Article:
A study into the practice at a Swedish retirement home has shown that nurses working six-hour days took half as much sick leave and were nearly three times less likely to take time off, when compared with a control group. The six-hour nurses were 20 per cent happier and did 64 per cent more activities with residents. They also reported having more energy outside the workplace.
On June 5 this year, Switzerland held the world's first referendum on the introduction of a universal basic income (UBI) which, if passed, would have given all its citizens a fixed monthly income on top of whatever else they earned.
It would probably not have been sufficient to completely free people from work, but it would have given them the freedom to work less, or at jobs they enjoy more - or both. It was comprehensively voted down, but subsequent polls show that most Swiss believe they will see a UBI in their lifetime.
If you're trying to solve a complex problem, then you need to give yourself a real break, to let the mind incubate the problem all by itself. We shouldn't be so afraid to actually take some time off.
- Jonathan Schooler
Several governments around the world are looking into introducing UBIs, and the private sector is in on it too - influential Silicon Valley start-up incubator Y Combinator is funding a pilot study in Oakland, in which they are giving 100 families between US$1000 ($1414) and US$2000 each month and carefully tracking the results.
There's growing evidence for the idea that sometimes the best way to get more done is to do less.
A 2012 article in the New Yorker discussed a study in which people were asked to come up with alternative uses for toothpicks. The people that did best were those who were given a 12-minute break midway through the test, during which they were given a task so boring that they couldn't help but lose focus on it.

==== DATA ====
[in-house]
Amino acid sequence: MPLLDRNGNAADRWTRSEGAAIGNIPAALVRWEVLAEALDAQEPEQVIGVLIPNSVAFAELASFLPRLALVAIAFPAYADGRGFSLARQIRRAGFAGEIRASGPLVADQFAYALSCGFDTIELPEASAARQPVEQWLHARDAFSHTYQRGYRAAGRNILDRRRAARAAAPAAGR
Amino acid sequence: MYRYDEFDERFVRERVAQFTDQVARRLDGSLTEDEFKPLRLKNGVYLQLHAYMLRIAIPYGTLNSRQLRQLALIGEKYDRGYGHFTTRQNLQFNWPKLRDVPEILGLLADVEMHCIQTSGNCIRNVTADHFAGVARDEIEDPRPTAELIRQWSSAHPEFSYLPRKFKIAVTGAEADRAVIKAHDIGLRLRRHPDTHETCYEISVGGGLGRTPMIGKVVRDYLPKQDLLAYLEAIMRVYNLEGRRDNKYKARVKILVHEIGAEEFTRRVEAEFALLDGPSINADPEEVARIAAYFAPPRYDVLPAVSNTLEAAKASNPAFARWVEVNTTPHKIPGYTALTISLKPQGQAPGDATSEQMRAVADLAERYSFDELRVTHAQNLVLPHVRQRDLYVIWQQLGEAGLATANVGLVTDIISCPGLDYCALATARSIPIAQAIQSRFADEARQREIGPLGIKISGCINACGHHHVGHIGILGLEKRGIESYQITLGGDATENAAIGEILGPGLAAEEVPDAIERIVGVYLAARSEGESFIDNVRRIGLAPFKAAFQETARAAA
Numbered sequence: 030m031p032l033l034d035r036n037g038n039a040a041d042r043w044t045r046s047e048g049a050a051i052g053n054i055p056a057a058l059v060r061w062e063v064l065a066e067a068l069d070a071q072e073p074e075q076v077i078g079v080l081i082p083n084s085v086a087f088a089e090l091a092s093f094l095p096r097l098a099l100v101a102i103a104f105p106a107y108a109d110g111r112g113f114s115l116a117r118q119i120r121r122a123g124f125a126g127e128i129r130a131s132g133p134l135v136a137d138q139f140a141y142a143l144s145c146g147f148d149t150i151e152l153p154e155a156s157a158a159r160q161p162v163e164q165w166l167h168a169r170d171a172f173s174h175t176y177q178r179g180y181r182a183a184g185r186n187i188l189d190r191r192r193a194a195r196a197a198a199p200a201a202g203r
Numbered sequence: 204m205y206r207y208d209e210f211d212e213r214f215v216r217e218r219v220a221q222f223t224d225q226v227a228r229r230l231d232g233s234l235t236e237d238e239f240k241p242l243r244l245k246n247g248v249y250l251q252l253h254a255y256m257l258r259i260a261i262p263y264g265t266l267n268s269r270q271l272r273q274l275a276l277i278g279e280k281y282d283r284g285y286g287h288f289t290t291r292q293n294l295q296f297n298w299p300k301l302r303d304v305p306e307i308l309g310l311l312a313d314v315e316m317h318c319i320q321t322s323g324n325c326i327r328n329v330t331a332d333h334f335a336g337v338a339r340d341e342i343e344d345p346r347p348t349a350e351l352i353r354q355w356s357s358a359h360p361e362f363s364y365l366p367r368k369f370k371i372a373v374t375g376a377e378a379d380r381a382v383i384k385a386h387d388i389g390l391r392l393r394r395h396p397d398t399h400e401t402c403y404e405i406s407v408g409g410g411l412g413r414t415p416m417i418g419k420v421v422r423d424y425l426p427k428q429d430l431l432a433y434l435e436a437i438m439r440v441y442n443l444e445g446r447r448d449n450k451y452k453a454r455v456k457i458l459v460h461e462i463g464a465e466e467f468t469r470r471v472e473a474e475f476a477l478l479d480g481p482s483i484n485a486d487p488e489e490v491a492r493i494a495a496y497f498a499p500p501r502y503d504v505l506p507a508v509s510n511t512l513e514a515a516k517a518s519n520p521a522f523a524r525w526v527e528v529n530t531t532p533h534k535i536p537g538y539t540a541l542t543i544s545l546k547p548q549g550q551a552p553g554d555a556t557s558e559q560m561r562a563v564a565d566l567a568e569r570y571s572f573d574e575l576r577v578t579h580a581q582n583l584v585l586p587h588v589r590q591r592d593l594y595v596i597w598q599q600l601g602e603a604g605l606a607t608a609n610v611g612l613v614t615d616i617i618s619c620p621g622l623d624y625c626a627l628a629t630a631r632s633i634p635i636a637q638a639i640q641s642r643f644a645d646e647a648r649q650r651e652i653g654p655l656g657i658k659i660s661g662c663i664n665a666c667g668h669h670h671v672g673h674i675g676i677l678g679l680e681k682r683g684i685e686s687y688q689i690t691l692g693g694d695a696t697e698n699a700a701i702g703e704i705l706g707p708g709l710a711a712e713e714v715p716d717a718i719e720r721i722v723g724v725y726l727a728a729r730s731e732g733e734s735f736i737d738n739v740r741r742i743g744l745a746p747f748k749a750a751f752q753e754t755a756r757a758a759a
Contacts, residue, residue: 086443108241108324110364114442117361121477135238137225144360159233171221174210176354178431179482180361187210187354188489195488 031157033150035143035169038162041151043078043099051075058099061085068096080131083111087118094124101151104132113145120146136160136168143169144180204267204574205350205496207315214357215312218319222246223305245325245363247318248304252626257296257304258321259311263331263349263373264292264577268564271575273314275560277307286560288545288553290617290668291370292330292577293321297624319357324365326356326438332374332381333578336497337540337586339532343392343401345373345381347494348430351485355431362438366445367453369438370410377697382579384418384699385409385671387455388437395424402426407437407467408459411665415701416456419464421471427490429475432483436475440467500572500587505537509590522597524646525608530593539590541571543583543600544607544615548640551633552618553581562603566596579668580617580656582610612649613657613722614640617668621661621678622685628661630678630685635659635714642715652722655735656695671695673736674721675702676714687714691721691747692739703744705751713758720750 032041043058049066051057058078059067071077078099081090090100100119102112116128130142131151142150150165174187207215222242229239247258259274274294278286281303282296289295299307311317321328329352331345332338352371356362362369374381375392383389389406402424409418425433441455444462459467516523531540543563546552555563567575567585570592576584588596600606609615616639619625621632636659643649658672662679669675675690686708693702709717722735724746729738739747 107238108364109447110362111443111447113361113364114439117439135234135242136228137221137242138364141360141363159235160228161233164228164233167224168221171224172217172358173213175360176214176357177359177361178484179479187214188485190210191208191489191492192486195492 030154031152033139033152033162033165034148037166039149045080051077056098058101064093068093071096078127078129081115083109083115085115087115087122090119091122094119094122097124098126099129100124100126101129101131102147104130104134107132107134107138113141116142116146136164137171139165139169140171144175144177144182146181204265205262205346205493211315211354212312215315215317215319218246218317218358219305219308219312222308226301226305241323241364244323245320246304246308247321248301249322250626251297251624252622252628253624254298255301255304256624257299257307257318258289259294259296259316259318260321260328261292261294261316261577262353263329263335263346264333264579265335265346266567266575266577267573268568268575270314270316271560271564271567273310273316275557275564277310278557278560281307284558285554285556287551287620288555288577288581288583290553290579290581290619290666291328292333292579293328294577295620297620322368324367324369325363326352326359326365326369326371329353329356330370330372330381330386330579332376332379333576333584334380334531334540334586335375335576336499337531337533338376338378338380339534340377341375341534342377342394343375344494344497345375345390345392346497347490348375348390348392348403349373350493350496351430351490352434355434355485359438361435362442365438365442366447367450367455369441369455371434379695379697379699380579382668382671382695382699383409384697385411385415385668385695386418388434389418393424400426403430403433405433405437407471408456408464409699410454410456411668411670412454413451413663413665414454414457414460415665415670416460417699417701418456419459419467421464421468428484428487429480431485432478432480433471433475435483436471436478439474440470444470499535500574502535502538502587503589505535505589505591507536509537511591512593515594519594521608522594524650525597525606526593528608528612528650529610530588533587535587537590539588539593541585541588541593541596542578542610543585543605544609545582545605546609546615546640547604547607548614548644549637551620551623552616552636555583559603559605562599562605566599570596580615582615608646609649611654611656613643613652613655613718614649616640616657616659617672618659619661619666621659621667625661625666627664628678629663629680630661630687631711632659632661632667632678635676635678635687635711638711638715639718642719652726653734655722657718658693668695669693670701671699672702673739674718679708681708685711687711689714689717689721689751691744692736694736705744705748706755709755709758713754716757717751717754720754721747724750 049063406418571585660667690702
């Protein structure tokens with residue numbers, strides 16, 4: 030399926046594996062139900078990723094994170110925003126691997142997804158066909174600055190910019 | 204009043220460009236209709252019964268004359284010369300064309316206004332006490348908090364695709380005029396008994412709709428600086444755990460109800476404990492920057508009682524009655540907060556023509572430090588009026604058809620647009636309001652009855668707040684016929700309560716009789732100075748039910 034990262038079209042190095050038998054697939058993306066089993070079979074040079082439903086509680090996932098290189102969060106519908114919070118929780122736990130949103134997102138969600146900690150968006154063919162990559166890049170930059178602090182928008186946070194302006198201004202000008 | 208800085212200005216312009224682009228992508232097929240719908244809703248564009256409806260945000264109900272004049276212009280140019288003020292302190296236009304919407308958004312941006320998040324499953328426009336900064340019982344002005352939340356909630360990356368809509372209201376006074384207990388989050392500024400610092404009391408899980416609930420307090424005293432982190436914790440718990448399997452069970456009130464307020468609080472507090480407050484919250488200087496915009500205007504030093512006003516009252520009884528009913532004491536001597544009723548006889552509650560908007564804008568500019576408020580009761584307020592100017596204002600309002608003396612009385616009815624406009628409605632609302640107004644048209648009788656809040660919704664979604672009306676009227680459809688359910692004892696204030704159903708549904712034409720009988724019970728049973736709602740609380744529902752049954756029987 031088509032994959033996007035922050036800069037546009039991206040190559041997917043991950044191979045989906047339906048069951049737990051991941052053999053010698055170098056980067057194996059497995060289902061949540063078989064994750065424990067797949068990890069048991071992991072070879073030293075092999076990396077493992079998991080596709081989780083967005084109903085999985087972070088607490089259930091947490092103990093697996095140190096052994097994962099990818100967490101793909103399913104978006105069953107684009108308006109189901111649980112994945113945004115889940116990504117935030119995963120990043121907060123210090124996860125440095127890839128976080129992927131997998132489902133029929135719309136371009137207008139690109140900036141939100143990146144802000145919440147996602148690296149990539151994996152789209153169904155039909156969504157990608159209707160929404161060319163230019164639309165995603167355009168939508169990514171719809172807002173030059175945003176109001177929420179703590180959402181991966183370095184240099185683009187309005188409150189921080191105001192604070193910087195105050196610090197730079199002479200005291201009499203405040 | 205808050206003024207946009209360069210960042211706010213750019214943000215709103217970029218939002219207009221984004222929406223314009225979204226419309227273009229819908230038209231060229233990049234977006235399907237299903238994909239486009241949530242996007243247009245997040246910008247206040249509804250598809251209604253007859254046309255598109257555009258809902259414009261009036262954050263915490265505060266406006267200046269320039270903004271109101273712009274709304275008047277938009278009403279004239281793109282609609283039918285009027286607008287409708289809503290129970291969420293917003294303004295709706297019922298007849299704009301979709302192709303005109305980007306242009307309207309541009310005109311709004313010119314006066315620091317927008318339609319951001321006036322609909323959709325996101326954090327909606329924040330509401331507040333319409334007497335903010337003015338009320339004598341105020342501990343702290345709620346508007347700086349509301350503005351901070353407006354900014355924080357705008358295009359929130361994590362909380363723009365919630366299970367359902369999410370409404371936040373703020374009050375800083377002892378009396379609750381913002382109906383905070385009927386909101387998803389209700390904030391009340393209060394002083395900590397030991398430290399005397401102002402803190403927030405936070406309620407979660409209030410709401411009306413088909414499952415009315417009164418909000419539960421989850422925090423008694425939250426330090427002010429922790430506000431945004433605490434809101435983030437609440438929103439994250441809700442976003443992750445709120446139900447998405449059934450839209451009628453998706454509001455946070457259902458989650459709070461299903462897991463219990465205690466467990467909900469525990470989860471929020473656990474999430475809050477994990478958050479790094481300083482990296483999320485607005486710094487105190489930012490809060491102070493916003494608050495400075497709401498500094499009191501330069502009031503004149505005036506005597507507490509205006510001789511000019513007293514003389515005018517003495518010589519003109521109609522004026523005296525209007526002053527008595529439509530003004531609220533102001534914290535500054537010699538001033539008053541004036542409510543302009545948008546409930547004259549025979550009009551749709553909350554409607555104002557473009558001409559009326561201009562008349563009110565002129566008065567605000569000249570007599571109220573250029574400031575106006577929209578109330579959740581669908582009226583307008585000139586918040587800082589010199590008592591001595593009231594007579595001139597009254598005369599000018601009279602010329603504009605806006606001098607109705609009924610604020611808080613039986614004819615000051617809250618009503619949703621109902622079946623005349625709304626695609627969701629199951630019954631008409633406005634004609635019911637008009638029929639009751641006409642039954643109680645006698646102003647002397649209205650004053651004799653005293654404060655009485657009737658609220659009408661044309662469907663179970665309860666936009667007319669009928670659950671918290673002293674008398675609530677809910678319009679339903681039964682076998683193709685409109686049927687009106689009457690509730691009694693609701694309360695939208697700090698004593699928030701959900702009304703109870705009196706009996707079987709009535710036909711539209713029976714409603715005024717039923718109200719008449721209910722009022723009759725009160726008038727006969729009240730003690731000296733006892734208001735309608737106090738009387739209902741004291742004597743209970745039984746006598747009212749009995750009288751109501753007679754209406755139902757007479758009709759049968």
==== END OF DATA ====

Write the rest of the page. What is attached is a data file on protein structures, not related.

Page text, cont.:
When they came back from their break, and were asked to find more uses for the toothpick, this group found 41 per cent more uses for the toothpick than did three other groups, who were working under a variety of alternative conditions, including one group that had no break at all.
"We always assume that you get more done when you're consciously paying attention to a problem," one of the study's authors, Jonathan Schooler, told The New Yorker. "That's what it means, after all, to be 'working on something'. But this is often a mistake. If you're trying to solve a complex problem, then you need to give yourself a real break, to let the mind incubate the problem all by itself. We shouldn't be so afraid to actually take some time off."
This is a great and fine justification for daydreaming and mucking around, but why should we need a justification? Doing nothing much is such a basic human activity. We spend big chunks of our life thinking about things other than the things we're supposed to be thinking about. Why deny its value? When and how did we end up so in thrall to the idea that the most important things in life are striving and achieving?
That's an interesting question to ask, but maybe the better question is: is that the most important question?
As University of Auckland's emeritus professor of psychology Michael Corballis put it in his excellent 2014 book, The Wandering Mind, "In adapting to a complex world, we need to escape the here and now, and consider possible futures, mull over past mistakes, understand how other people's minds work. Above all, mind-wandering is the source of creativity, the spark of innovation that leads in the longer run to an increase rather than a decrease in well-being."
We know, because we are constantly reminded, about the value of being present. We're only just starting to learn the value of being absent.